What is a first Holy Communion?
First Holy Communion is a ceremonial rite of passage celebrated by children at around 7-13 years old; a Christian tradition observed by the Catholic church, as well as some Lutheran and Anglican churches, during which a person first receives the Eucharist. Catholics place great importance on the ceremony as Communion occupies a central role in Catholic theology and practice.
Holy Communion is a Christian rite which, according to the Bible, was instituted by Jesus during the Last Supper; giving his disciples bread and wine, Jesus commanded his followers to "do this in memory of me" while referring to the bread as "my body" and the wine as "my blood". Through the celebration Christians remember Christ's sacrifice.
Traditions that form part of first Holy Communion
The First Communion is an important tradition for Catholic families, which occurs only after receiving Baptism, and once the person has reached the 'age of reason'. First confession must precede the reception of the Communion.
Traditions of celebration surrounding First Communion usually include large family gatherings and parties to celebrate the event.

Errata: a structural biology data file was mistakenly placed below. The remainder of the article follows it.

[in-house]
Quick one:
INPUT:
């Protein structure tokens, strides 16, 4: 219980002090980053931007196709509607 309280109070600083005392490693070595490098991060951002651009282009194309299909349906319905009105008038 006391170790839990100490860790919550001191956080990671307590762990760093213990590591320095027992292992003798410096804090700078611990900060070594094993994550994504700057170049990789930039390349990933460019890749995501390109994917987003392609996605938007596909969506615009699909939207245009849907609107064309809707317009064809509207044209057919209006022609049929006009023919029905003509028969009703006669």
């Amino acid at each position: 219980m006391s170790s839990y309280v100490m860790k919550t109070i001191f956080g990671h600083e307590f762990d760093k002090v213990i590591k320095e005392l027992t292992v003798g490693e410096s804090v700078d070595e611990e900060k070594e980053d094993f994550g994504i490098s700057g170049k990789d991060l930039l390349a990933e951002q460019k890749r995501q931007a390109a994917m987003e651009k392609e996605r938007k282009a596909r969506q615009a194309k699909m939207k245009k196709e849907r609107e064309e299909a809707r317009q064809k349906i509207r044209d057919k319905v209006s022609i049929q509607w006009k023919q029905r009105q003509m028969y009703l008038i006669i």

Gifts of a religious nature are usually given, such as rosaries, prayer books, religious statues and holy cards, but money can also be gifted.
What to wear for your First Communion
The first communicant wears special clothing which is often white to symbolize purity. Often, a girl wears a fancy dress and a veil (commonly passed down to them from sisters or mothers), or even their school uniforms with the addition of a veil or floral headpiece. Boys may wear a suit and tie, tuxedo, their Sunday best, or national dress, with embroidered arm bands worn on the left arm and occasionally white gloves.
Rainbow Club offer a selection of shoes and veils that are designed specifically for Communion, made from crisp white satin or tulle.
We hope this guide to first Holy Communion comes in useful and that you are able to choose the perfect combination from our wide range of Communion shoes and veils.